deab9079-7116-454e-8d0a-03f1c52fae91
Cullen, Michael H.
f2a677e8-d2e2-40a6-8a90-e15ff97b1a42
Sydes, Matthew R.
6d7141c4-3171-43e8-b1e5-c93e6b7c7d3e
Stenning, Sally P.
2b022aad-9d98-432b-81af-a9b48e496f70
Hancock, Barry W.
240a7ccb-edc3-4194-9325-a5c3b1d6d593

Johnson, Peter W.M., Radford, John A., Cullen, Michael H., Sydes, Matthew R., Stenning, Sally P. and Hancock, Barry W. (2006) Comparison of outcomes in studies of advanced Hodgkin's lymphoma. Journal of Clinical Oncology, 24 (20), pp.3309. (doi:10.1200/JCO.2006.06.2976).

Record type: Article

Abstract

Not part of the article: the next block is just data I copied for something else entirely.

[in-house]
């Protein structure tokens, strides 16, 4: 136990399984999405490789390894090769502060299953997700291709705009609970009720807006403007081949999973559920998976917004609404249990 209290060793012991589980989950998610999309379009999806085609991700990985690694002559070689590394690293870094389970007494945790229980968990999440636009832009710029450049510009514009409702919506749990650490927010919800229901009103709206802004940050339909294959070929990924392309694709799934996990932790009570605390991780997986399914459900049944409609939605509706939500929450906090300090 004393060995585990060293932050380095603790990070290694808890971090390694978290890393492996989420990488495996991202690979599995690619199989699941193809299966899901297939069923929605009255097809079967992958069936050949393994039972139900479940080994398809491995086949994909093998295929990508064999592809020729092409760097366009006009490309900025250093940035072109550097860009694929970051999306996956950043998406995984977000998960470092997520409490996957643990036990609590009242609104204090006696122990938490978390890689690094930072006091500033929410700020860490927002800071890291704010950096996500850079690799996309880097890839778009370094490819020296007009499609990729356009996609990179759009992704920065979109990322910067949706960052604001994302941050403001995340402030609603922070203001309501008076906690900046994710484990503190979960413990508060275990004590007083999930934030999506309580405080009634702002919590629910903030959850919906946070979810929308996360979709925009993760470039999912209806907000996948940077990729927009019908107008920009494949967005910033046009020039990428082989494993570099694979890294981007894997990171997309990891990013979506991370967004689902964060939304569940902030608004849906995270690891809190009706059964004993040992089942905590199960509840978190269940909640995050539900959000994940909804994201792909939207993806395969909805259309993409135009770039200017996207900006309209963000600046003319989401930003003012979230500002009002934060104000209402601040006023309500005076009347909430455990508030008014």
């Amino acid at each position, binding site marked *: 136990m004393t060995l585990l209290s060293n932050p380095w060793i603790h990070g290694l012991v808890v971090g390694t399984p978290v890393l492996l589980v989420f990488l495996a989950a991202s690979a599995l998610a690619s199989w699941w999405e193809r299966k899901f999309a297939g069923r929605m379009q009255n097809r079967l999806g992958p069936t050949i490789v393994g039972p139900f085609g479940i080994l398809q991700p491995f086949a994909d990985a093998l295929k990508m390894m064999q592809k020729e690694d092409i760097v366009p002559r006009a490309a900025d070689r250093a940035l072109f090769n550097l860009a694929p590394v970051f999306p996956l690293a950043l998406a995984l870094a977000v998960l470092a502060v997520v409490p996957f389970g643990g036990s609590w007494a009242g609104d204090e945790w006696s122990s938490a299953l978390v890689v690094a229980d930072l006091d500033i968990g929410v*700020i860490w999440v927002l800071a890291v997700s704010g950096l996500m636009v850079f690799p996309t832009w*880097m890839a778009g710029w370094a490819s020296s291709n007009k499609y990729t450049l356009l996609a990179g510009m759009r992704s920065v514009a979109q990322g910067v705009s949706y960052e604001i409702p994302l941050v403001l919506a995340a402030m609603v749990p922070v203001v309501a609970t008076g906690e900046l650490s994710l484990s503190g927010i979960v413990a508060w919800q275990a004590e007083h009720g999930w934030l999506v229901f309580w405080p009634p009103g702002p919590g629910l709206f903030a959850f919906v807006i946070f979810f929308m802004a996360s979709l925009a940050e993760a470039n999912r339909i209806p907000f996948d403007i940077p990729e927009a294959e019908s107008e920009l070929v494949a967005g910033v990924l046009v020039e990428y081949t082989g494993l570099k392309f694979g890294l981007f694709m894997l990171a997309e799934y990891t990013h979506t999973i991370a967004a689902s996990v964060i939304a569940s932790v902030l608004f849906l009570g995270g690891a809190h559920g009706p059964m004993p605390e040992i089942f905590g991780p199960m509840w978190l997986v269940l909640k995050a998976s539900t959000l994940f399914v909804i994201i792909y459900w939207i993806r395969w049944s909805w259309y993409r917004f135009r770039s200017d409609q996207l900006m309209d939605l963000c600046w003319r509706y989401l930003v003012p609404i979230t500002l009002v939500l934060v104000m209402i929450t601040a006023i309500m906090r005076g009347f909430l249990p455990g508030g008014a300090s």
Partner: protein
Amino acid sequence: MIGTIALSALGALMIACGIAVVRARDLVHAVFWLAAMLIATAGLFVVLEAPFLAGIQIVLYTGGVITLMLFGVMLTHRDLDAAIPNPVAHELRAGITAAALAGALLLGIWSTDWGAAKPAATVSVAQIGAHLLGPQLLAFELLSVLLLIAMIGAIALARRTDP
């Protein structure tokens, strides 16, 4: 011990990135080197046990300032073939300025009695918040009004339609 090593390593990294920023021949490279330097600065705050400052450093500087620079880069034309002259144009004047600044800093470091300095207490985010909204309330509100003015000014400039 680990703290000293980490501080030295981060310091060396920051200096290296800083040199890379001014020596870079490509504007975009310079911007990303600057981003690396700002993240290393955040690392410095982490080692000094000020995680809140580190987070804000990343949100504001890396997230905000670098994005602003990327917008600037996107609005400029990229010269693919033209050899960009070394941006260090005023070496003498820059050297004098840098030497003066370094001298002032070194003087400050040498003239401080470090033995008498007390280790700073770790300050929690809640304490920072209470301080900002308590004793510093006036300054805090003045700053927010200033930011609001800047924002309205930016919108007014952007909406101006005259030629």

We were interested to read the editorial by Dr Carde1, which referred to our article2 that reported the results of the United Kingdom Lymphoma Group LY09 study in advanced Hodgkin's lymphoma. The editorial may have given the impression that our study was a randomized comparison of three regimens, which is not the case. A standard arm of doxorubicin, bleomycin, vinblastine, and dacarbazine (ABVD) was used, and investigators elected in advance whether to randomize against the alternating or hybrid regimen. Thus, it is not legitimate to make direct comparison of the two multidrug arms. It is also difficult to compare the overall results in this study to the Italian trial reported in the same issue by Gobbi et al3, which included a more favorable group of patients among whom only 11% of patients were in International Prognostic Score group 4 to 7, compared with 19% in the UK study. The measure of 65% progression-free survival at 5 years cited by Dr Carde refers only to patients in stages III/IV, whereas for the UK study as a whole the figure is 73%.